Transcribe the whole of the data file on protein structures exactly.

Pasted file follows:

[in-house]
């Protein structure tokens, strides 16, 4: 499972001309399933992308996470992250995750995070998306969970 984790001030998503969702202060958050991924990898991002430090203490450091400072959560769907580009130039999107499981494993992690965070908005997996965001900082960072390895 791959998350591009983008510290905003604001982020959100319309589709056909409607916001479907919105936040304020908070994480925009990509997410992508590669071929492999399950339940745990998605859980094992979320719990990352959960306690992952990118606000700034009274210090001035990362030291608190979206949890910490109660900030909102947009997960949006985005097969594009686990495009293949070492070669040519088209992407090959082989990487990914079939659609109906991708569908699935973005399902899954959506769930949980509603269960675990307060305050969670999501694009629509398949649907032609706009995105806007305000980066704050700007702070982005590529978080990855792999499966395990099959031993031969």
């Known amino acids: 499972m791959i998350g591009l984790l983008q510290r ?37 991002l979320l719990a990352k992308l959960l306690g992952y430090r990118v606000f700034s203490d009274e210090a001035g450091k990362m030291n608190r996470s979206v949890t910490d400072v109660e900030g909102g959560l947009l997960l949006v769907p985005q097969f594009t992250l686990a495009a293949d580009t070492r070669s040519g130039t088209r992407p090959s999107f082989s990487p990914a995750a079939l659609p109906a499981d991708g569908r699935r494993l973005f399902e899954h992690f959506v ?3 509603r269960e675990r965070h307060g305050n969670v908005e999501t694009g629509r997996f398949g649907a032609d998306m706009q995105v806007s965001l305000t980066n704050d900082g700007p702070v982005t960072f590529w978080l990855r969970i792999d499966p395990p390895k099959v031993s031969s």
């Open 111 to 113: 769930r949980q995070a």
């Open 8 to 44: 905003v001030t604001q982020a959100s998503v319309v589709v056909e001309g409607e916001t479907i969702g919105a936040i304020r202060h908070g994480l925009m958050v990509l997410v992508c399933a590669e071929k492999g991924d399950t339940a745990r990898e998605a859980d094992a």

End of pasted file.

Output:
[in-house]
């Protein structure tokens, strides 16, 4: 499972001309399933992308996470992250995750995070998306969970 984790001030998503969702202060958050991924990898991002430090203490450091400072959560769907580009130039999107499981494993992690965070908005997996965001900082960072390895 791959998350591009983008510290905003604001982020959100319309589709056909409607916001479907919105936040304020908070994480925009990509997410992508590669071929492999399950339940745990998605859980094992979320719990990352959960306690992952990118606000700034009274210090001035990362030291608190979206949890910490109660900030909102947009997960949006985005097969594009686990495009293949070492070669040519088209992407090959082989990487990914079939659609109906991708569908699935973005399902899954959506769930949980509603269960675990307060305050969670999501694009629509398949649907032609706009995105806007305000980066704050700007702070982005590529978080990855792999499966395990099959031993031969």
């Known amino acids: 499972m791959i998350g591009l984790l983008q510290r ?37 991002l979320l719990a990352k992308l959960l306690g992952y430090r990118v606000f700034s203490d009274e210090a001035g450091k990362m030291n608190r996470s979206v949890t910490d400072v109660e900030g909102g959560l947009l997960l949006v769907p985005q097969f594009t992250l686990a495009a293949d580009t070492r070669s040519g130039t088209r992407p090959s999107f082989s990487p990914a995750a079939l659609p109906a499981d991708g569908r699935r494993l973005f399902e899954h992690f959506v ?3 509603r269960e675990r965070h307060g305050n969670v908005e999501t694009g629509r997996f398949g649907a032609d998306m706009q995105v806007s965001l305000t980066n704050d900082g700007p702070v982005t960072f590529w978080l990855r969970i792999d499966p395990p390895k099959v031993s031969s």
């Open 111 to 113: 769930r949980q995070a």
């Open 8 to 44: 905003v001030t604001q982020a959100s998503v319309v589709v056909e001309g409607e916001t479907i969702g919105a936040i304020r202060h908070g994480l925009m958050v990509l997410v992508c399933a590669e071929k492999g991924d399950t339940a745990r990898e998605a859980d094992a």